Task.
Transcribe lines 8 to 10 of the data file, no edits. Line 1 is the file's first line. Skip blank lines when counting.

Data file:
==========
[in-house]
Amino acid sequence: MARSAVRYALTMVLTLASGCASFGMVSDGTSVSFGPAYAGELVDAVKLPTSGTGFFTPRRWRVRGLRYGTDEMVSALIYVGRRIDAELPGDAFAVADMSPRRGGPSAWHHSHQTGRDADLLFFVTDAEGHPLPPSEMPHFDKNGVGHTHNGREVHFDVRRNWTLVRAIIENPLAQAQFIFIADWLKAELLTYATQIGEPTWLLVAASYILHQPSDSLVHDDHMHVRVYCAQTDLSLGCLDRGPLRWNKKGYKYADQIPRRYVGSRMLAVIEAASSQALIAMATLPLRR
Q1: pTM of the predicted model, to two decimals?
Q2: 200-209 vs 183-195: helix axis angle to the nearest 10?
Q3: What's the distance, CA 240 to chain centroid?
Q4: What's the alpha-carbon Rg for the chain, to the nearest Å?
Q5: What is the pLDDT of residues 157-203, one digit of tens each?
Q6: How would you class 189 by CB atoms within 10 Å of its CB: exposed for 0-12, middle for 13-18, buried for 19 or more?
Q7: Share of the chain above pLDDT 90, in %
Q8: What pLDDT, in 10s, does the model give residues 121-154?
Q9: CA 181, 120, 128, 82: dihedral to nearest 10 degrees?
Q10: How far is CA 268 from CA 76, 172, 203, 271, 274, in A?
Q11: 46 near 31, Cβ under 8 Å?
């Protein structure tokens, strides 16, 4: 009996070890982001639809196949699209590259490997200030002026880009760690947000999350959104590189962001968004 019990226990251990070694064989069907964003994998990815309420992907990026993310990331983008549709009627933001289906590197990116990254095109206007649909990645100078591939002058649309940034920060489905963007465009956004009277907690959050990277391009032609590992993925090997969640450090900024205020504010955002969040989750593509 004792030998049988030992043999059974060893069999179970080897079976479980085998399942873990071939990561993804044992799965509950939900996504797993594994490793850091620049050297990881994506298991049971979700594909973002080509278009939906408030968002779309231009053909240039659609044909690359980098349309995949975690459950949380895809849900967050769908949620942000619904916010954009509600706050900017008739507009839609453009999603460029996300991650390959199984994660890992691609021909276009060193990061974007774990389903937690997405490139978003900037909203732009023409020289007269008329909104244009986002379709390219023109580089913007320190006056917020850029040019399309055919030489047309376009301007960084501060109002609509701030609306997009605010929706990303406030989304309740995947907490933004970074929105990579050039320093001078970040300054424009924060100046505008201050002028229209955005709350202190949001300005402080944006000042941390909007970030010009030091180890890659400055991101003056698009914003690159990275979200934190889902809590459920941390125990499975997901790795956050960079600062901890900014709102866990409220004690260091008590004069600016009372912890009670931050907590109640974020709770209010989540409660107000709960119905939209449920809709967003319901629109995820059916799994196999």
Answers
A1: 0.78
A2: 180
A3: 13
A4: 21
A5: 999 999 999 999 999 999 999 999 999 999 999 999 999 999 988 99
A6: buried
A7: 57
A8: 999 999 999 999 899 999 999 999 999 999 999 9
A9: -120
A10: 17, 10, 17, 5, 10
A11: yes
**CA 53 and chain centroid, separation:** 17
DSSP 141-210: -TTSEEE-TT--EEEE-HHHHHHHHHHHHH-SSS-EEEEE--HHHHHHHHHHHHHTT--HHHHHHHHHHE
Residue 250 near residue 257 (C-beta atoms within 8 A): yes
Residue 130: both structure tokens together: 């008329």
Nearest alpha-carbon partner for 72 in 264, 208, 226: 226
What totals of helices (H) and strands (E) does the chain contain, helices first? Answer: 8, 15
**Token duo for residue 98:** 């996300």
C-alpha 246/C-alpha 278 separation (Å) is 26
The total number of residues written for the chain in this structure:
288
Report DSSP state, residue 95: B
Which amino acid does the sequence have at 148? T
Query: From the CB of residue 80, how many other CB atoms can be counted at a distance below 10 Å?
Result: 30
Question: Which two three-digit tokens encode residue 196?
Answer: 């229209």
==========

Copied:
Q6: How would you class 189 by CB atoms within 10 Å of its CB: exposed for 0-12, middle for 13-18, buried for 19 or more?
Q7: Share of the chain above pLDDT 90, in %
Q8: What pLDDT, in 10s, does the model give residues 121-154?